The steering is crisp and usually light, but super accurate. And thanks to the 5 N's multiple levels of brake regeneration, most twisty roads can be stormed with very little need for heavy use of the mechanical brakes. Should you want the full EV experience, this speed can be achieved silently or with a synthetic soundtrack. Hyundai calls it N Active Sound+ and while it didn't manage to produce any enjoyable or faintly realistic engine sounds, it does help create a link for drivers used to the suite of noises produced by a high-performance internal combustion engine.
Adding to that is the 5 N's somewhat controversial N e-shift feature. When activated, this gives the 5 N a virtual eight-speed gearbox, complete with a rev limiter that you can absolutely slam into if you're not minding the steering wheel-mounted paddles closely enough. Initially a gimmick, we found it to actually help us translate the 5 N's impressive rate of acceleration with more familiar cues. And even though the "shifting" means the 5 N is marginally slower than just letting it accelerate like an EV should, we quickly found the N e-shift to be second nature and our preferred format when driving quickly.
Just track stuff
Like all vehicles you can take on track, the Ioniq 5 N's biggest enemy is heat. To combat this, Hyundai has given the 5 N additional cooling to keep its 84-kWh battery at its optimum temperature. To maintain the most power across a standard track session, the 5 N has an N Race track-specific endurance mode to give the driver most of 5 N's considerable power for the longest period of time. There's also a Sprint mode to unleash all the 5 N's power for a few full-on hot laps.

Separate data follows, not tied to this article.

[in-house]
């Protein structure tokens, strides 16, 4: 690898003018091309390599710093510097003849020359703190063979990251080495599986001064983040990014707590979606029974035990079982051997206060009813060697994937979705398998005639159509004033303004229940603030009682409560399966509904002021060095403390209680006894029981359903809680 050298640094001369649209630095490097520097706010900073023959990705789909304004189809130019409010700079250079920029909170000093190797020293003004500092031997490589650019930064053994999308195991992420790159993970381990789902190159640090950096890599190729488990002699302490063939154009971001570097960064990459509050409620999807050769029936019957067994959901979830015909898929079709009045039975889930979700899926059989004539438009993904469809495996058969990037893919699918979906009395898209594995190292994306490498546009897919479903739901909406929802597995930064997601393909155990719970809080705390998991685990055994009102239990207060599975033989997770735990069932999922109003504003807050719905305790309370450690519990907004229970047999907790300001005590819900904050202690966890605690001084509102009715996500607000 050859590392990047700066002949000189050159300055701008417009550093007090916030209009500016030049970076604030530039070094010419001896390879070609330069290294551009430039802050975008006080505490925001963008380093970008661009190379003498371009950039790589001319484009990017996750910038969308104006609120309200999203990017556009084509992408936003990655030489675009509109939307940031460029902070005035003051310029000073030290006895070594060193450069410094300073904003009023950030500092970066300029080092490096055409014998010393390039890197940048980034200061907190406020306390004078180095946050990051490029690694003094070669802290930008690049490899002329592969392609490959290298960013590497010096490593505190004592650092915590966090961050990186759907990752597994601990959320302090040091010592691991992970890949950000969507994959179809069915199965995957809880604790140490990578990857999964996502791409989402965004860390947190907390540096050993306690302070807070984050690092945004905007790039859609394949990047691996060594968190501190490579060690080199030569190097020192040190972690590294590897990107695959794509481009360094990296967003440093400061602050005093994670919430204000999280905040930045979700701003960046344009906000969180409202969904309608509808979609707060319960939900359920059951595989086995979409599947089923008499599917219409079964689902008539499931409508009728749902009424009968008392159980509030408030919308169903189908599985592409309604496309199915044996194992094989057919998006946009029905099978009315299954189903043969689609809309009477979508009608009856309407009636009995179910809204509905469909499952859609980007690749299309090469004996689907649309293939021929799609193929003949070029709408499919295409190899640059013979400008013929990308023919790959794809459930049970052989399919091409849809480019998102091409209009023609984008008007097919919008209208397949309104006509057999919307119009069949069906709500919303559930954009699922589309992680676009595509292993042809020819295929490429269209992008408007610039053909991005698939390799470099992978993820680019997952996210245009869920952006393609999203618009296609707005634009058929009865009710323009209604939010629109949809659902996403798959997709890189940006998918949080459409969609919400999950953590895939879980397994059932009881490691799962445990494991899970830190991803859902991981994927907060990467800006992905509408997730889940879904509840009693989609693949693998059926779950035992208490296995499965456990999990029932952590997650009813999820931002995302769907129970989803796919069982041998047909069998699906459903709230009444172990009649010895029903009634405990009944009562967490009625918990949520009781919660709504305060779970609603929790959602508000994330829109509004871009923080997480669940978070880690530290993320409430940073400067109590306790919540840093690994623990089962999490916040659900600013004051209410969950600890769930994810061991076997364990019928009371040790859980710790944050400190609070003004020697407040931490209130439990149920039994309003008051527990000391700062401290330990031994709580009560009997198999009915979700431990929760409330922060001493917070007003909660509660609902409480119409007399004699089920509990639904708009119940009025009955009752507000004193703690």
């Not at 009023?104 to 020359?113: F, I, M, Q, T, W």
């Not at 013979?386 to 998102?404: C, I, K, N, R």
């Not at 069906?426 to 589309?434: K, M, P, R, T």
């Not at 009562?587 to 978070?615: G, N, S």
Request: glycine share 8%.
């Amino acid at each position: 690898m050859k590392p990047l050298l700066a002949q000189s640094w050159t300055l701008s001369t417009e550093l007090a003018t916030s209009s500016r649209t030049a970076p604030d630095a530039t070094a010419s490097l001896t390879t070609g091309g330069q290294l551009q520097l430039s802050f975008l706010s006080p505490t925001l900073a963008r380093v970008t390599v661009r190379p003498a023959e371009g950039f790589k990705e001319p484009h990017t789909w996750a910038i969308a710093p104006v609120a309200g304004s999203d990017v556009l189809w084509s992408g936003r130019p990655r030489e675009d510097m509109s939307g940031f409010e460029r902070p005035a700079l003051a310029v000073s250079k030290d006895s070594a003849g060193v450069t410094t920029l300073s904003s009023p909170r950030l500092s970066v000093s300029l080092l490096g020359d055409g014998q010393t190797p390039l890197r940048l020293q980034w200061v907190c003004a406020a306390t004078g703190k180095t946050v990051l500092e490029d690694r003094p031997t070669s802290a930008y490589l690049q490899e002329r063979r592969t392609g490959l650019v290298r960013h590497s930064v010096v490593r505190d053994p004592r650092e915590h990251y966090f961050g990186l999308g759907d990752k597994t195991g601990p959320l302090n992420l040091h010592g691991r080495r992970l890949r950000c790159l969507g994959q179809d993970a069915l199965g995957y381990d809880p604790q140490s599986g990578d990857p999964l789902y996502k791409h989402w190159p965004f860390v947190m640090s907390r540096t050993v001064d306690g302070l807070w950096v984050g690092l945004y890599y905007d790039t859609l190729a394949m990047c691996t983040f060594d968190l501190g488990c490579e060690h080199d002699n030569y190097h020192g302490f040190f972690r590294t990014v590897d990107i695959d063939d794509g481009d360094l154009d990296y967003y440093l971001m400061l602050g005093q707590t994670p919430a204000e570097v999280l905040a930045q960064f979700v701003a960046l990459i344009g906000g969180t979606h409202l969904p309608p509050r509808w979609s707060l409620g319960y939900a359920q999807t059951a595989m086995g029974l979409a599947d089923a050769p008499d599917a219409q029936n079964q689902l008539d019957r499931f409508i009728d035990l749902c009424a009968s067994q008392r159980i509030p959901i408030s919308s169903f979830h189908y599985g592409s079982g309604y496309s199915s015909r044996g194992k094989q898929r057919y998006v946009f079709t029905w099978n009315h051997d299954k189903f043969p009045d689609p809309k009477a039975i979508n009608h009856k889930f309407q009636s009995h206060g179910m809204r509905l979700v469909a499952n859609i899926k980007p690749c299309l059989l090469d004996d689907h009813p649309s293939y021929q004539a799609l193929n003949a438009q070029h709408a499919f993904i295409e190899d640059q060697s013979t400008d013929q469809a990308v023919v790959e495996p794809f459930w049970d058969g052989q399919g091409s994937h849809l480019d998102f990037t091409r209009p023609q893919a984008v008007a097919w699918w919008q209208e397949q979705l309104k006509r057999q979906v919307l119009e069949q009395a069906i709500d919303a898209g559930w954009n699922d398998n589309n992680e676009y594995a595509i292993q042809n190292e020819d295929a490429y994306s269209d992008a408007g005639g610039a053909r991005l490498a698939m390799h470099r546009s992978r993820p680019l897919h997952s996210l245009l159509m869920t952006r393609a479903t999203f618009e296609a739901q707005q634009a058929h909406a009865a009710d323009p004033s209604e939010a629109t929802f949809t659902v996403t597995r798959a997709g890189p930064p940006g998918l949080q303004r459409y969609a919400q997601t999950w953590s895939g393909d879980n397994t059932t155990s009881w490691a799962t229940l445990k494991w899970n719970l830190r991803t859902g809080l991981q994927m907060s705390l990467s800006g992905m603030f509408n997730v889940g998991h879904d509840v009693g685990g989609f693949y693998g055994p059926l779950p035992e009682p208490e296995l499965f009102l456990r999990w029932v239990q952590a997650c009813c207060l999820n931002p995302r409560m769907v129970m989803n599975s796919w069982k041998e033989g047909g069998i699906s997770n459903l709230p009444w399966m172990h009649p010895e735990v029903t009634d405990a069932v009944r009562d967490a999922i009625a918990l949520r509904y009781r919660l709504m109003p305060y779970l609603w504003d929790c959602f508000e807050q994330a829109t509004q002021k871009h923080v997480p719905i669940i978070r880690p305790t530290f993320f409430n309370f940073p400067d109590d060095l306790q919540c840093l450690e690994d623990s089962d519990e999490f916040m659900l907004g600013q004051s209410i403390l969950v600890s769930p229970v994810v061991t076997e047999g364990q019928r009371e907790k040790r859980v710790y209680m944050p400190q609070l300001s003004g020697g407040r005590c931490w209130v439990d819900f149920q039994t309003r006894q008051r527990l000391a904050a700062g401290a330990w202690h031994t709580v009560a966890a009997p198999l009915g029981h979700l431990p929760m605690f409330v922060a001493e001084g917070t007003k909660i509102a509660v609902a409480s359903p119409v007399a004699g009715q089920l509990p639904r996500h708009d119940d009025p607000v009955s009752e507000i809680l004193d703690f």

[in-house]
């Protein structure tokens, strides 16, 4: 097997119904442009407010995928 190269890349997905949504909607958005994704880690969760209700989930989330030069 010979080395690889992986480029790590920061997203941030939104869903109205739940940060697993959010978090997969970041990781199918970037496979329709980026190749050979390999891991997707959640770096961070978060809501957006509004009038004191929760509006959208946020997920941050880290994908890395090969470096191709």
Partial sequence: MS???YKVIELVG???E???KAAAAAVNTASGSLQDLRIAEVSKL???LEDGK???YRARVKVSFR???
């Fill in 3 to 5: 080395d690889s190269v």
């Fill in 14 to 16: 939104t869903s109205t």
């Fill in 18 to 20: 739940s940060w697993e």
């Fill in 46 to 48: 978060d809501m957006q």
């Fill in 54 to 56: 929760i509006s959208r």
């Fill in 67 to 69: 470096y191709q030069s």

Even with the 5 N's upgraded brakes, changes have been made to the 5 N's regenerative braking system to not only stretch the longevity of the mechanical brakes but also to maximize the turn-in and adjustability of the 5 N during hard cornering. Selecting the N Brake Regen setting delivers up to 0.6 g of regenerative braking (most EVs max out at just over 0.2 g), allowing a skilled driver to dramatically tighten their entry into a corner with only deft modulation of the throttle pedal. In practice we found it to be fairly effective in the dry and have no doubt it would be doubly so on a wet or even a frozen surface. It should be noted that Hyundai does not recommend using this setting on public roads as it could lead to aggressive rotation, making the 5 N easier to spin out. That's how you know it's a good system.
Of course, like many high-powered sport sedan/hatchback/SUV things, the 5 N comes with a drift mode. Known as — wait for it — N Drift Optimizer, the 5 N has specific software to help novice drifters initiate and hold some pretty lurid slides should they have a parking lot all to themselves. In practice we found it a bit tricky but largely successful in helping us maintain a drift. Of course, a more experienced drifter would just shut everything off and handle it the old-fashioned way, but the combination of all-wheel drive and 601 horsepower does make the 5 N a bit of a beast if you're not careful.
Short of exotic EVs you'll never see in real life with price tags north of million dollars, there just aren't any electrics that are remotely fun and engaging to drive. The Ioniq 5 N breaks new ground in the performance EV space by combining the serious straight-line speed we've come to expect from a fast EV with the corner carving and all-around fun we've come to expect from Hyundai's N tuning brand.
While we don't yet have official pricing or an official EPA range number, we'd expect all this fun to come in just shy of $70K and probably be good for about 250 miles of range, should you not drive it like an N car. At first blush we're deeply impressed by the Ioniq 5 N and can't wait to get it in for testing and our expert review.